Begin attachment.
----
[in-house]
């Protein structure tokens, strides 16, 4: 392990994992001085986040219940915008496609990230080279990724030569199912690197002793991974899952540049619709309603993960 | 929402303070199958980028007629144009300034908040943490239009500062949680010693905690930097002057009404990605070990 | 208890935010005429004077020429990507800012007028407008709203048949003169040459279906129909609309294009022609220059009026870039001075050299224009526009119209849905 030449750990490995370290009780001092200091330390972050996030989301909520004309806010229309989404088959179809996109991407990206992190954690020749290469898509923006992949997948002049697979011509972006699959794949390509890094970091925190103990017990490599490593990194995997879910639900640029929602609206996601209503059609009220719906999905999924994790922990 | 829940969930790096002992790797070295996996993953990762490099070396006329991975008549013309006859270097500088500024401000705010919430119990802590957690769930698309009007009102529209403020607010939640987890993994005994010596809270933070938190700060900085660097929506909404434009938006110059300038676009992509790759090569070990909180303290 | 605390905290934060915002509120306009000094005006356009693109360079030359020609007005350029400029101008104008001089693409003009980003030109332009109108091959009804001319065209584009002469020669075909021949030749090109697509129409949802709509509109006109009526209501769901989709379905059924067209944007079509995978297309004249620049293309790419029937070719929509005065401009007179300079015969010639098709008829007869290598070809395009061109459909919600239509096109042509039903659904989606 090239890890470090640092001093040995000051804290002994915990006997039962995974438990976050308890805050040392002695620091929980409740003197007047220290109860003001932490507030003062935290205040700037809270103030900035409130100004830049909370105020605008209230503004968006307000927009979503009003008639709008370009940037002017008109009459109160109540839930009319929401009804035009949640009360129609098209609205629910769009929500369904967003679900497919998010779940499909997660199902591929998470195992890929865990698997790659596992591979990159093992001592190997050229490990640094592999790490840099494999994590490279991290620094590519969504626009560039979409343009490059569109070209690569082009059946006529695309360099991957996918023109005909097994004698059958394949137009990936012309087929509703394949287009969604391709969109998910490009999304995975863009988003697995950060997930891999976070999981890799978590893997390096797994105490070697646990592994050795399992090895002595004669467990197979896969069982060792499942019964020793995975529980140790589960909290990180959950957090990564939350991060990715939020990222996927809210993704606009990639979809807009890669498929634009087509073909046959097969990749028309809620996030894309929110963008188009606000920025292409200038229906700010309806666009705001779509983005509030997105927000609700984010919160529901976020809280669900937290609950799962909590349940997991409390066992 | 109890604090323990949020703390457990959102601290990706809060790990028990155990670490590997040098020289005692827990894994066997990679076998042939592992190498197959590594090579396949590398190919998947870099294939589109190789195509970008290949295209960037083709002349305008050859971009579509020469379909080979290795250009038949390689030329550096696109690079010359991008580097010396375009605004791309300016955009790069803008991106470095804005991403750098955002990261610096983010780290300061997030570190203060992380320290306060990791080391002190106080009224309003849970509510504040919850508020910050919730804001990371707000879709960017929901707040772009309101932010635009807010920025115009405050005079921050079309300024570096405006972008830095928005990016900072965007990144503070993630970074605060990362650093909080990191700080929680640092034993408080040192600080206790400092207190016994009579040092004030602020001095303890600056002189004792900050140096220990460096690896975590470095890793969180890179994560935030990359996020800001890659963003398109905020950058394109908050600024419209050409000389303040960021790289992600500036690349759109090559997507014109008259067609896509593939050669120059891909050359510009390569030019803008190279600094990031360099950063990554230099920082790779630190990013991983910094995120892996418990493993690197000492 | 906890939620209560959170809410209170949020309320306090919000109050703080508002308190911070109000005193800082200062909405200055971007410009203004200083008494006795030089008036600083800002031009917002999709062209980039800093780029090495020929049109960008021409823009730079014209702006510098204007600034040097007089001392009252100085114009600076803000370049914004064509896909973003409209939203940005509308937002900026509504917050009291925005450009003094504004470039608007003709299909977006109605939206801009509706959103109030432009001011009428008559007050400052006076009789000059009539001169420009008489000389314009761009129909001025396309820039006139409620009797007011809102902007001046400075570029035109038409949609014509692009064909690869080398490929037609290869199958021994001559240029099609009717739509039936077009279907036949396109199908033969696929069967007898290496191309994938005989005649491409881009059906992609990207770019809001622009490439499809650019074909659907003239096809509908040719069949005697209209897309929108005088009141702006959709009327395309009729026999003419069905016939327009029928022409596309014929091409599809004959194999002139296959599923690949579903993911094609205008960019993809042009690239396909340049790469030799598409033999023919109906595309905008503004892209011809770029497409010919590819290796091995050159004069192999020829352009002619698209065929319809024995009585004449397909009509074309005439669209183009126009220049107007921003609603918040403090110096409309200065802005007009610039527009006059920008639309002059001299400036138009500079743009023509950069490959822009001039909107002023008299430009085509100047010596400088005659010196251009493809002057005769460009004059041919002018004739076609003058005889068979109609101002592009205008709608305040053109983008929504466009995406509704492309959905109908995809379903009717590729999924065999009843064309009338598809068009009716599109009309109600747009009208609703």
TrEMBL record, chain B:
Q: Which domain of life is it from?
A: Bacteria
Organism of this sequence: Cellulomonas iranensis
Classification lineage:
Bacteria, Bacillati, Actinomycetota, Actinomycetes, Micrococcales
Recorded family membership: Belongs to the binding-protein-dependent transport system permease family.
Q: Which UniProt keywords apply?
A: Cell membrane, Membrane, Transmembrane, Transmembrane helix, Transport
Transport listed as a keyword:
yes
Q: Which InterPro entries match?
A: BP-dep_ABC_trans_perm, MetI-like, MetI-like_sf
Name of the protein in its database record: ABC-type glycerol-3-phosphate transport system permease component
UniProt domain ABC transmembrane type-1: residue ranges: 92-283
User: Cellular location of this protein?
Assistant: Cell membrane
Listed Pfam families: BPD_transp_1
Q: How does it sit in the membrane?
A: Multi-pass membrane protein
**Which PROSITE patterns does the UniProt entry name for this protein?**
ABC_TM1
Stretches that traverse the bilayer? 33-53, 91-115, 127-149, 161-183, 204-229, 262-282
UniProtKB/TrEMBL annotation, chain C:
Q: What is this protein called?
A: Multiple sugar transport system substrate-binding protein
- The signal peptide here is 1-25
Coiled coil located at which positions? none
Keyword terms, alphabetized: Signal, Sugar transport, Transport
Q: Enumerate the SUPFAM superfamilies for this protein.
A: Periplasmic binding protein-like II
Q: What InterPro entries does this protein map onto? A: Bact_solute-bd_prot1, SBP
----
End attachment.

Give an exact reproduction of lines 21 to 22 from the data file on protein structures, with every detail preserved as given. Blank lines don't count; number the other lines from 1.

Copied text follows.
Q: How does it sit in the membrane?
A: Multi-pass membrane protein